Eligibility

Ages Eligible for Study:   18 Years to 70 Years
Genders Eligible for Study:   Both
Accepts Healthy Volunteers:   No
Criteria

Inclusion Criteria:

  • Patients 18-70 years of age with mild to moderate Crohn's disease who are not on active steroid treatment and who do not have ostomies.

Exclusion Criteria:

  • Patients with ulcerative colitis or other bowel conditions which are not Crohn's.
  • Patients with ostomies.
  • Those currently using supplemental vitamin D in excess of the amount in one multivitamin per day.
  • Regular tanning bed users.
  • Persons who report more than moderate alcohol consumption ( > 1 drink/day for women > 2 for men).
  • Pregnant or lactating women or women planning a pregnancy during the study time frame.
  • Regular users of medications which may interfere with assessment of study outcomes .
  • Those who cannot understand written or spoken English .
  • Individuals under medical psychiatric care.
  Contacts and Locations
Choosing to participate in a study is an important personal decision. Talk with your doctor and family members or friends about deciding to join a study. To learn more about this study, you or your doctor may contact the study research staff using the Contacts provided below. For general information, see Learn About Clinical Studies.

Please refer to this study by its ClinicalTrials.gov identifier: NCT00742781

Locations
United States, Pennsylvania
Milton S. Hershey Medical Center
Hershey, Pennsylvania, United States, 17033
Pennsylvania State University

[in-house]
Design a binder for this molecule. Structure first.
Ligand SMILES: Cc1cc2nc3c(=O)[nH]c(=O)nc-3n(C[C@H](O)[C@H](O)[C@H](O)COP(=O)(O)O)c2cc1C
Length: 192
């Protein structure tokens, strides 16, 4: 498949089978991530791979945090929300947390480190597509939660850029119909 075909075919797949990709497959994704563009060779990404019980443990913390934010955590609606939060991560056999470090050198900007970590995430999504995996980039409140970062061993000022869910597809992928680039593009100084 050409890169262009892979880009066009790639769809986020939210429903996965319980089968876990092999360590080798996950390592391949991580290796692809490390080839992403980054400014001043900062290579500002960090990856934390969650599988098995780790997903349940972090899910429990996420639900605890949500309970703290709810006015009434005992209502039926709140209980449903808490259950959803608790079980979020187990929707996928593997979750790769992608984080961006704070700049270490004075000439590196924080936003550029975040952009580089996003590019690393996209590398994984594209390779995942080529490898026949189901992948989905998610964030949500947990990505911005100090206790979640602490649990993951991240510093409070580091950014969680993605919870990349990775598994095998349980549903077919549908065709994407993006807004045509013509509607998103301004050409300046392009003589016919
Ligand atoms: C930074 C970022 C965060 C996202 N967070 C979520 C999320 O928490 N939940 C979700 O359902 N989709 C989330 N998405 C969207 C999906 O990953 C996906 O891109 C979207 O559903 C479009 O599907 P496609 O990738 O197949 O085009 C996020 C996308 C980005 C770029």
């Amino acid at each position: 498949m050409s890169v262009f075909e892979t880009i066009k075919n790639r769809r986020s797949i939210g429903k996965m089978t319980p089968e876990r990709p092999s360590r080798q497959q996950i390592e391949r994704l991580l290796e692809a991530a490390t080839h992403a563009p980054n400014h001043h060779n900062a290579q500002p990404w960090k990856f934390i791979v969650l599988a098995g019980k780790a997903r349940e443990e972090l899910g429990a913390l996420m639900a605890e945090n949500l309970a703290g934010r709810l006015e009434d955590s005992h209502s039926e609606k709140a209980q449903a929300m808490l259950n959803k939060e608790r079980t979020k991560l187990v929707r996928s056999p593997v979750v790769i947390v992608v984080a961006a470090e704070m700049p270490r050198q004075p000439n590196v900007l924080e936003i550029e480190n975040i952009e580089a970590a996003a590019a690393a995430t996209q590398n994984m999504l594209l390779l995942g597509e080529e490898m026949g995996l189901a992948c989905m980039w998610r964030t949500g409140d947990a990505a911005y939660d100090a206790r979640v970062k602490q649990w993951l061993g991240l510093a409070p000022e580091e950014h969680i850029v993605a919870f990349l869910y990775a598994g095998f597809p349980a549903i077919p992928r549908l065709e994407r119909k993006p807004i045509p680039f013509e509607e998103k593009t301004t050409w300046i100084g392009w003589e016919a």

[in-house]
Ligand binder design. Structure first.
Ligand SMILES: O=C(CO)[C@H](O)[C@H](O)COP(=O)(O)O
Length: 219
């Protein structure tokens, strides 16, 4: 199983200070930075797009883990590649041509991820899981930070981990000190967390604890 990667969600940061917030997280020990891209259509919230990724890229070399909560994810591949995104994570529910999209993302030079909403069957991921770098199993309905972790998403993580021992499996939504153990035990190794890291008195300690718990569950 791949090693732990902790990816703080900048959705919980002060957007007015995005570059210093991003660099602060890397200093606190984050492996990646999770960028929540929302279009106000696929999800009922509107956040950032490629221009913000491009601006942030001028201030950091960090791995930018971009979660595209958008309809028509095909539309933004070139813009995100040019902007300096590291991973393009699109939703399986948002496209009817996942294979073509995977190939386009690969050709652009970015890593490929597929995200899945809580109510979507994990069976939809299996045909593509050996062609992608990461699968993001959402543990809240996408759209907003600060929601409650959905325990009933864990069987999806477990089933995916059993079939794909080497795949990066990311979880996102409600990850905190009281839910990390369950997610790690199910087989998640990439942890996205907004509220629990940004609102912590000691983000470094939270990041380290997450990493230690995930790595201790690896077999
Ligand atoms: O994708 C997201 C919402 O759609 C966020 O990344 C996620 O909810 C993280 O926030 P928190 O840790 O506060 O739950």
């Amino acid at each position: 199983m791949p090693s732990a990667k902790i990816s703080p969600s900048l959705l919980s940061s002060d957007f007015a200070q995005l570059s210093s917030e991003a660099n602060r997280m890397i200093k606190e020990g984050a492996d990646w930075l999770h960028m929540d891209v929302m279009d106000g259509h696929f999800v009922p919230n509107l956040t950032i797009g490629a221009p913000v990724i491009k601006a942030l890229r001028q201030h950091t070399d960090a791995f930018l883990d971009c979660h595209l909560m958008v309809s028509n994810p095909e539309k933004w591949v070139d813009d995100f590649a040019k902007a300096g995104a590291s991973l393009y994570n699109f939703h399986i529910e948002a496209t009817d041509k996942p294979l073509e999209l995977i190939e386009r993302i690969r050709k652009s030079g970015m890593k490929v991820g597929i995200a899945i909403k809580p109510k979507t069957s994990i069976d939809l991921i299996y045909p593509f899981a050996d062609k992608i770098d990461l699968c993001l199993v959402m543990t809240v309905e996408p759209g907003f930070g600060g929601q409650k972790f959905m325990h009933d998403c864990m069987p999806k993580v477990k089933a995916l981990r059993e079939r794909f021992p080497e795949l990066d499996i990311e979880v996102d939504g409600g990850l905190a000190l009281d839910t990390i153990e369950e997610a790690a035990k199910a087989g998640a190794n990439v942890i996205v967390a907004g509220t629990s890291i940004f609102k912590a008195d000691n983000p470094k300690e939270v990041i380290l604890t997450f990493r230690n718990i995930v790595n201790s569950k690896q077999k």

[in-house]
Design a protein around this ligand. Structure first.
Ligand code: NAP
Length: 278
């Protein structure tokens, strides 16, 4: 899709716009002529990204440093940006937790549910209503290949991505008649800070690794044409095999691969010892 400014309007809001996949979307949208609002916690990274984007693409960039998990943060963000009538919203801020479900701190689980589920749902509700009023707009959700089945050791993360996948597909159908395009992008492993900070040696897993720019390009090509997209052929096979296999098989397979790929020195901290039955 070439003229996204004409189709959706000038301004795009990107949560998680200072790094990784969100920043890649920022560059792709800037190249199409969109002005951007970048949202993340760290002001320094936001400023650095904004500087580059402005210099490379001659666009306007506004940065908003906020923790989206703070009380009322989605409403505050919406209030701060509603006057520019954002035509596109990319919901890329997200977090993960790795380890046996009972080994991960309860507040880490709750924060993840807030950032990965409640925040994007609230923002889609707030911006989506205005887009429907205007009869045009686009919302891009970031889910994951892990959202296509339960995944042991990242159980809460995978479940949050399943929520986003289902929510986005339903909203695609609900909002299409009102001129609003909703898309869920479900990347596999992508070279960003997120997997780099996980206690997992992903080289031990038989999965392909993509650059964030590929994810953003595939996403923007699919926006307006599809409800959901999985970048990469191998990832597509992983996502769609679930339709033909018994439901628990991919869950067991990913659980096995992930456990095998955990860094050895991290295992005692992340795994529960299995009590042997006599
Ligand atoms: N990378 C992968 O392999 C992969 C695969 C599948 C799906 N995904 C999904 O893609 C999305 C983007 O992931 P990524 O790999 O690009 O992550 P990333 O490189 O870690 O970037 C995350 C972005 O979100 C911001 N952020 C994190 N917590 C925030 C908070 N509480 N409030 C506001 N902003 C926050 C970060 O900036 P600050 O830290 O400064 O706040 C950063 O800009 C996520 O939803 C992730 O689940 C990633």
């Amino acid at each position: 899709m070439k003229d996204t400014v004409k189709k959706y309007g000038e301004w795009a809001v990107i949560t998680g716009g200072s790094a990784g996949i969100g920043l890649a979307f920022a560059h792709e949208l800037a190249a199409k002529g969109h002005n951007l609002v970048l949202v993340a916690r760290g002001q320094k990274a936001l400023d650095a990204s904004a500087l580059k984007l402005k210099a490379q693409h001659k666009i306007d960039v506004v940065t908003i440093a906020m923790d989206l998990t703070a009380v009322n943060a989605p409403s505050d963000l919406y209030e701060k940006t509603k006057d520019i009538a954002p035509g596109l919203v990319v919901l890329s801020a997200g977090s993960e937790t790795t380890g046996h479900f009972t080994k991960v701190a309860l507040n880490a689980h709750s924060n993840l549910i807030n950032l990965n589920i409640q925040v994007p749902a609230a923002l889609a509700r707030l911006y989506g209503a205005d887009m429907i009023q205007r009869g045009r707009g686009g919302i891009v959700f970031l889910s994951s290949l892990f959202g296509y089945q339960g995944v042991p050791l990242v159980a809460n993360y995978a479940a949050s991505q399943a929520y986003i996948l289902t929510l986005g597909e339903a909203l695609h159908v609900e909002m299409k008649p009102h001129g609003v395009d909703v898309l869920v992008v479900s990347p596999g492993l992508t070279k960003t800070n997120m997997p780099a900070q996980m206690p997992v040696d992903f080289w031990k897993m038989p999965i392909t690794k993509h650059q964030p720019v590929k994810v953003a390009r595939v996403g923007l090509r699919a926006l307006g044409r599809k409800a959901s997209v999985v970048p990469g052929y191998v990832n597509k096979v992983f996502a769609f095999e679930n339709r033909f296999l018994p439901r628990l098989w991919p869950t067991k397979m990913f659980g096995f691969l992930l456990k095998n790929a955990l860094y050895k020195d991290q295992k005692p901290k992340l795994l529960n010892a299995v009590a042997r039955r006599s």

University Park, Pennsylvania, United States, 16802
Sponsors and Collaborators
Penn State University
Investigators
Principal Investigator: Margherita T Cantorna, PhD Penn State University
  More Information

No publications provided

Responsible Party: Margherita T. Cantorna, Professor, Penn State University
ClinicalTrials.gov Identifier: NCT00742781     History of Changes
Other Study ID Numbers: CTSA-PPA-1
Study First Received: August 26, 2008
Results First Received: January 23, 2013
Last Updated: July 8, 2013
Health Authority: United States: Institutional Review Board

Keywords provided by Penn State University:
Crohn's
vitamin D

Additional relevant MeSH terms:
Inflammatory Bowel Diseases
Intestinal Diseases
Gastroenteritis
Gastrointestinal Diseases
Digestive System Diseases
Cholecalciferol
Vitamin D
Ergocalciferols
Vitamins
Micronutrients
Growth Substances
Physiological Effects of Drugs
Pharmacologic Actions
Bone Density Conservation Agents

ClinicalTrials.gov processed this record on August 26, 2014